Celebrating South Indian style Holi in Hampi

Last year, before the lockdown pulled the brakes on our lives, I managed to visit Hampi and celebrate Holi in an unexpectedly flamboyant manner. Yes, you read that right. While South India is probably not one of the first regions that come to mind while thinking of celebrating the Festival of Colors, I decided to take a chance when a friend told me about Hampi growing as a preferred destination for Holi celebrations.

When it comes to travel-related decisions, I usually don't prefer researching too much. Hence, I opened my favorite cab booking app from Savaari and booked a cab to Hampi.

A Little bit about Hampi

Hampi is a historic town that is famous for the beautiful Vijayanagar temples and ruins and a unique landscape. Situated on the banks of the river Tungabhadra, Hampi is a popular destination among backpackers.


While the purpose of my trip was to experience Holi celebrations in Hampi, I also decided to extend my trip for 4-5 days to explore the city and its neighboring areas. I started my journey one day before the festival to find a place to stay and settle in before the festivities began. I found a nice backpackers hostel and some amazing friends from all around the world. Talking to them I realized that Holi in Hampi was more famous than I had imagined.

Interesting Trivia:

A German traveler told me that Hampi rose to fame as a preferred location to celebrate Holi since a 16th-Century portrait was found there carrying engravings of the Festival of Colors.

The Evening Before Holi

In Hampi, Holi is celebrated primarily on and around the banks of the river Tungabhadra. The evening before Holi, everyone in the hostel started getting ready to leave. While I had heard a lot about the celebrations on Holi, I wasn't aware of the fact that Holika Dahan is also done here.

Holika Dahan is performed across the country where people get together and light a pile of wood to celebrate the victory of good over evil. Holi is a celebration of the killing of the Asura Holika to save Prahlad – a devotee of Lord Vishnu.

By the time I reached the banks of the river Tungabhadra, hundreds of people had already gathered waiting in anticipation for the fire to be lit. There was excitement and a universal sense of joy in the air that engulfed anyone stepping foot around the area. Once the fire was lit, people started performing a parikrama of the fire, and soon there were songs and laughter all around.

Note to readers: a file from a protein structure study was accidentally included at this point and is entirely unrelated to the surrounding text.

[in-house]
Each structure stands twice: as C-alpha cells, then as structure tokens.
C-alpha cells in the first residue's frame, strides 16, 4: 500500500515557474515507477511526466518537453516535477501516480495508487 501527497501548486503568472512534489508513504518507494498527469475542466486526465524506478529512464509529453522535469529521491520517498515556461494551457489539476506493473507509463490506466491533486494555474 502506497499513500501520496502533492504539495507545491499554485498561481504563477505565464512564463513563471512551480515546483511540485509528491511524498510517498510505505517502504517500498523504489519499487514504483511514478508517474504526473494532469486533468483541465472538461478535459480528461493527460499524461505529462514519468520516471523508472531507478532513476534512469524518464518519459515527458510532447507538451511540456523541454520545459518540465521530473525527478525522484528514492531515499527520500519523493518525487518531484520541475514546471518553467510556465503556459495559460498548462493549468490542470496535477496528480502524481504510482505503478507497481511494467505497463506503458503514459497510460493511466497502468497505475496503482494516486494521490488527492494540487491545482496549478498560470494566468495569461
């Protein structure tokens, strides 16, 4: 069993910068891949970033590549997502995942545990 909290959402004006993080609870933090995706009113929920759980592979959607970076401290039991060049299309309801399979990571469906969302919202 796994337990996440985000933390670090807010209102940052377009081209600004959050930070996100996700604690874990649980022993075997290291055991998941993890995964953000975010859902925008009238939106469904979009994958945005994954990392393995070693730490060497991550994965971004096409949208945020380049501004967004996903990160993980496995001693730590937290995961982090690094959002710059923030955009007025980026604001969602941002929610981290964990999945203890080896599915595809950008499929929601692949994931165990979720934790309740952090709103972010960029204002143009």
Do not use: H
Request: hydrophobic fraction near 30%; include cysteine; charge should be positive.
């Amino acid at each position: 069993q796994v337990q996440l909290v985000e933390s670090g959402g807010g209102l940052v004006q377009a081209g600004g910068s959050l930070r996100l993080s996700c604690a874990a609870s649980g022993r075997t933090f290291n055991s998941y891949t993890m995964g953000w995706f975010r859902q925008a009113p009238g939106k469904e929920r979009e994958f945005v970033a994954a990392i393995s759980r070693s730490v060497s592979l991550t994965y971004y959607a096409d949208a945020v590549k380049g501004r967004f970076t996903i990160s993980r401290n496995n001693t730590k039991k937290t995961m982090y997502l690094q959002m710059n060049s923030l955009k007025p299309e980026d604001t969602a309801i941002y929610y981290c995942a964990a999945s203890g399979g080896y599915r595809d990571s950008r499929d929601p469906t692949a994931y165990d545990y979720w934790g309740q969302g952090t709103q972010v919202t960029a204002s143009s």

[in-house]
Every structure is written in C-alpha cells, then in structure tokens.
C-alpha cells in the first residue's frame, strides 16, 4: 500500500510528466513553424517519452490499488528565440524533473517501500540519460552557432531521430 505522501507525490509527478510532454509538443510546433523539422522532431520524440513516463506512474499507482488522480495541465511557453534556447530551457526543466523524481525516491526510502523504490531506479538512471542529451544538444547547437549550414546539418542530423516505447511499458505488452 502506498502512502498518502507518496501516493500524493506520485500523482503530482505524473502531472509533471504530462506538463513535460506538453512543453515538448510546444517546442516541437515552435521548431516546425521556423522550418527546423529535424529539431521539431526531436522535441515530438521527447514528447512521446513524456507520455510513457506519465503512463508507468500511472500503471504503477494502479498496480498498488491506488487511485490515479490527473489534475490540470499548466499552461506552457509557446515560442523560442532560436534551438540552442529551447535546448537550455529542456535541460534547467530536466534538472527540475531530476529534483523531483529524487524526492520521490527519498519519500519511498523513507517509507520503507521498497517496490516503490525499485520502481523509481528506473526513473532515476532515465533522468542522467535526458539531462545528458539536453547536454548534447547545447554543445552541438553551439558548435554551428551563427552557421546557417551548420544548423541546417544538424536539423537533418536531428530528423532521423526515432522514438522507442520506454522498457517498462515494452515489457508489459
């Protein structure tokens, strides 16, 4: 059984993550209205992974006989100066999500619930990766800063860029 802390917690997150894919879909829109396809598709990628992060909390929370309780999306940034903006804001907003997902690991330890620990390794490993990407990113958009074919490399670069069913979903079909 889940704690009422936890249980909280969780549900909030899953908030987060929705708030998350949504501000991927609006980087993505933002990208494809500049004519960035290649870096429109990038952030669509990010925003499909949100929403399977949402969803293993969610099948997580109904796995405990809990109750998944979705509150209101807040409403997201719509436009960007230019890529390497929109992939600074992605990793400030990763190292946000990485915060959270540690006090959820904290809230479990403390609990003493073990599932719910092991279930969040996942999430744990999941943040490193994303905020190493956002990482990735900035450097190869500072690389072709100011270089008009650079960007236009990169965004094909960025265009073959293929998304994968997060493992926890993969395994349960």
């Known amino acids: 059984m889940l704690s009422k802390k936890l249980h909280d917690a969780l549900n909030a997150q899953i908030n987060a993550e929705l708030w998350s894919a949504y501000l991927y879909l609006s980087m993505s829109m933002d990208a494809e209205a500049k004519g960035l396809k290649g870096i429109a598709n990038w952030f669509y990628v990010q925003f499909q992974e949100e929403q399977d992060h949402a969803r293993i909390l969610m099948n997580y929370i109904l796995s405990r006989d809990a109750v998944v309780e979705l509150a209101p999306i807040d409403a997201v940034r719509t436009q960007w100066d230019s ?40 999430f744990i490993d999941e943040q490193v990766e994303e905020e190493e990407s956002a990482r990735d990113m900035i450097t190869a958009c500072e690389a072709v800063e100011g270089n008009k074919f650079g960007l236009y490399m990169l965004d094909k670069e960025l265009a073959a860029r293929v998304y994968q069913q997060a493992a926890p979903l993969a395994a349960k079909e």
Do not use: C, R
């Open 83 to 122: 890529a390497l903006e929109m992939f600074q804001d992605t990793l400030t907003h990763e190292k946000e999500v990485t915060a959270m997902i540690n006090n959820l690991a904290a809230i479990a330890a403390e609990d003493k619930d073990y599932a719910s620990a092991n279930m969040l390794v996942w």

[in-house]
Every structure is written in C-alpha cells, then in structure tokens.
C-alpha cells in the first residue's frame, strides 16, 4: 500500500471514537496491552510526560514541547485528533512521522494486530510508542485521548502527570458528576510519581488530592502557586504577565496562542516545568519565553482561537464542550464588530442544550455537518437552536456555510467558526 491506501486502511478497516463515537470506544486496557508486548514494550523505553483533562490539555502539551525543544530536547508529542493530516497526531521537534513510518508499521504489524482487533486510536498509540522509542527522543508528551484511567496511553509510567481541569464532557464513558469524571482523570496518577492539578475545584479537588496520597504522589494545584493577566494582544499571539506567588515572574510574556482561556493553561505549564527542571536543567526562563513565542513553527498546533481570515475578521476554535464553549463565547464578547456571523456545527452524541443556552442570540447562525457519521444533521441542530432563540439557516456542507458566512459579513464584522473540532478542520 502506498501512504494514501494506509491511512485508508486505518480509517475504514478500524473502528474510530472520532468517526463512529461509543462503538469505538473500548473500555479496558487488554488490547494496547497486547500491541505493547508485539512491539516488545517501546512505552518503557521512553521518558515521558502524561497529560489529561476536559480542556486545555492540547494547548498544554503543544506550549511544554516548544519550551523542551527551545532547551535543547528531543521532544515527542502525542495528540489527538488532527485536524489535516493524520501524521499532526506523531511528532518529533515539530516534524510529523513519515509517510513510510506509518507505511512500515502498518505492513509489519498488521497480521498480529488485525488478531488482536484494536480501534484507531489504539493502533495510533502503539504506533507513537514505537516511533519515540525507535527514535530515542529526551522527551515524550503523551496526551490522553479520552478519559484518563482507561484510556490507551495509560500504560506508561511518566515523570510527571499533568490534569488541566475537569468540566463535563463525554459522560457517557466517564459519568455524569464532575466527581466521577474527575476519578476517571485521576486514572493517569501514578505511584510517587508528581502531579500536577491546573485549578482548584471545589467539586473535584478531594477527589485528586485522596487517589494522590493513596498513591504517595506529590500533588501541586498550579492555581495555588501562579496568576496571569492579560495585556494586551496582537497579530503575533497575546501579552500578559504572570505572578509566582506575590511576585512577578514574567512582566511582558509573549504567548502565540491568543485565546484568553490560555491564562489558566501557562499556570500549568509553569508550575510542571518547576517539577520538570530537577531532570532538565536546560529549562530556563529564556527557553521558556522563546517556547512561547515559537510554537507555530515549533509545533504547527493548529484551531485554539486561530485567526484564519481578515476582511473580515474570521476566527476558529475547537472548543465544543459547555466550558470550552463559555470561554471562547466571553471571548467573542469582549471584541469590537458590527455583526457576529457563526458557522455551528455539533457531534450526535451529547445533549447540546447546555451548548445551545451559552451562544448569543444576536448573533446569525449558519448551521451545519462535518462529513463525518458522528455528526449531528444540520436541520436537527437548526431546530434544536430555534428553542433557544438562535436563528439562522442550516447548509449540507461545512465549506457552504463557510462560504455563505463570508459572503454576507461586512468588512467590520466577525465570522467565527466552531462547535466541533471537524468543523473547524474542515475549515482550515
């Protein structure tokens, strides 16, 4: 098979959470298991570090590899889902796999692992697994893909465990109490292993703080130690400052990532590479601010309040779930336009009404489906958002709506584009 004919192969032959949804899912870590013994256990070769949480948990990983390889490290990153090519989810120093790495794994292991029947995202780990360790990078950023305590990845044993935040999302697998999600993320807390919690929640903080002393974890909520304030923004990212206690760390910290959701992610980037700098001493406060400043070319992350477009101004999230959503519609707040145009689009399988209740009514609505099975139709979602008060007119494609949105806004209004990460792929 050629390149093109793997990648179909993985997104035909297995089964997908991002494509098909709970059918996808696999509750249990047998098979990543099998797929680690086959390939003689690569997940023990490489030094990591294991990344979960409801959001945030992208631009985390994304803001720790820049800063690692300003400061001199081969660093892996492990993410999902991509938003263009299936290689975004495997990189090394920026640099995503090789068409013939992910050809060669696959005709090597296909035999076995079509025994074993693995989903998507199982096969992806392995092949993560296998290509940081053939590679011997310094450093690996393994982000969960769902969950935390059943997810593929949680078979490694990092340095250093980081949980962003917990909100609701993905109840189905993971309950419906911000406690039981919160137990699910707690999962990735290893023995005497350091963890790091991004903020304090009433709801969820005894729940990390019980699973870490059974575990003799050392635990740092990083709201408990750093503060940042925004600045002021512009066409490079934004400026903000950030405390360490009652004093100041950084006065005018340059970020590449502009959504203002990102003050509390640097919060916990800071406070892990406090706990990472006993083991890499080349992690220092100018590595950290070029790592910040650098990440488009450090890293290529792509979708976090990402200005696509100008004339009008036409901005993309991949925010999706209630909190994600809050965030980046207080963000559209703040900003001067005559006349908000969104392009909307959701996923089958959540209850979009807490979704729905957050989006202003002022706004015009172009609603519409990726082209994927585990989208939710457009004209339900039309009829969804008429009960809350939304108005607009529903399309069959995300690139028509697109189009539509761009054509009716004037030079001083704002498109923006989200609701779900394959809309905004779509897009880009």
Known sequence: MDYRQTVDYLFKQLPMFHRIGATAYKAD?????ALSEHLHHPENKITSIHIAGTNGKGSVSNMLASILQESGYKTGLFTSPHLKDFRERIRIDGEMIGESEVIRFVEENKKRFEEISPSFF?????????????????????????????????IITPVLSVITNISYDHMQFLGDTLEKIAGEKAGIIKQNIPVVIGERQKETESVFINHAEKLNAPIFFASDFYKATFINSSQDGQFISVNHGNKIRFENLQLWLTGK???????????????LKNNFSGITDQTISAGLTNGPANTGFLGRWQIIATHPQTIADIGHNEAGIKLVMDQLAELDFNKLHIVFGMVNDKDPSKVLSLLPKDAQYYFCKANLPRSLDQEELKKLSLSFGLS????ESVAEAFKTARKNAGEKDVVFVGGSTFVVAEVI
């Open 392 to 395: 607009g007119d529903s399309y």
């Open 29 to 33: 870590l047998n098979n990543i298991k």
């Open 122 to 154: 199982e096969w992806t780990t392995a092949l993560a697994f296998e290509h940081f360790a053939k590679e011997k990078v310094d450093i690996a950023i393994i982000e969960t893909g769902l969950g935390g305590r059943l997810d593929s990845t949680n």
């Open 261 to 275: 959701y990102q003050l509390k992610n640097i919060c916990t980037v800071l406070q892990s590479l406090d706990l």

The HOLI Day

The next day at around 9 am, I was woken up from my slumber with a lot of noise and commotion. Wondering if everything was alright, as I dragged myself to the reception area, I was greeted by a sea of humans dressed in white. They were all getting ready to hit the streets and celebrate the Festival of Colors.
I quickly ran back to my room and wore my Holi attire that I had handpicked for this day and joined the Holi Hooligans as my hostel roommates called themselves. As soon as we reached the main road, the sound of drums and people laughing and singing and shouting hit my ears and the celebrations began. From dry colors to colored water pichkaris, dhols and drums to people dancing on the roads, it was a true celebration of life. One sight that got etched in my mind was a foreigner carrying a local child on his shoulders throwing colors on people around. The joy on the child's face and the amazement that the foreigner felt was the defining moment of Holi celebrations in the city.

The HOLI Dip

The celebrations continued till around 4 pm with food and water available all across the town. With excitement finally giving in to tiredness, people started moving towards the Tungabhadra River. As I entered the river, it did feel magical. By the time I stepped out, I felt cleansed.

I spent the next few days touring the town and some interesting areas around but more on that some other time. As my trip ended and I booked a reliable taxi service by Savaari.com to return to my urban existence, I had a memory that I would cherish for the rest of my life – a memory of celebrating Holi in Hampi.


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